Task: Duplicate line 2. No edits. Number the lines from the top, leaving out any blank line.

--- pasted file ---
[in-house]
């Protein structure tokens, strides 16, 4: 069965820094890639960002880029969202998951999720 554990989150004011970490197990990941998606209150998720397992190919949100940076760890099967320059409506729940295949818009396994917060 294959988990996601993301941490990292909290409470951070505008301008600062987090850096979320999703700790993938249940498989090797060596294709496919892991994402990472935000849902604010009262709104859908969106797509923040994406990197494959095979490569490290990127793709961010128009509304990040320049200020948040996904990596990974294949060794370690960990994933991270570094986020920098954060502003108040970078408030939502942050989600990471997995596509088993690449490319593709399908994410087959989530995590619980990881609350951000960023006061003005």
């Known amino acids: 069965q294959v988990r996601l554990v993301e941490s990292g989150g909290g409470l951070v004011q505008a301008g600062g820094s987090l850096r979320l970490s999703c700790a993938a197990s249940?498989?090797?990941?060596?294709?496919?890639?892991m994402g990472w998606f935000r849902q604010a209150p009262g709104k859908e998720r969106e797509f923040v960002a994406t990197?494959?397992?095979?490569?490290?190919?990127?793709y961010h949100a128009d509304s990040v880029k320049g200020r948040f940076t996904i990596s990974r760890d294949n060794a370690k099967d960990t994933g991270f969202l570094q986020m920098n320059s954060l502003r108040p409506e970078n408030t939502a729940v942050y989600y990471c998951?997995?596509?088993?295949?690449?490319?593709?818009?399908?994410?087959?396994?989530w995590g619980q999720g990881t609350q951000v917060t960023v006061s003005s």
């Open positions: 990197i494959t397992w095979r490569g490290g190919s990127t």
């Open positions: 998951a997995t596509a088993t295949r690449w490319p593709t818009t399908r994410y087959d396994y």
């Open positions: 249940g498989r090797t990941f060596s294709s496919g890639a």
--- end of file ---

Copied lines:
């Protein structure tokens, strides 16, 4: 069965820094890639960002880029969202998951999720 554990989150004011970490197990990941998606209150998720397992190919949100940076760890099967320059409506729940295949818009396994917060 294959988990996601993301941490990292909290409470951070505008301008600062987090850096979320999703700790993938249940498989090797060596294709496919892991994402990472935000849902604010009262709104859908969106797509923040994406990197494959095979490569490290990127793709961010128009509304990040320049200020948040996904990596990974294949060794370690960990994933991270570094986020920098954060502003108040970078408030939502942050989600990471997995596509088993690449490319593709399908994410087959989530995590619980990881609350951000960023006061003005």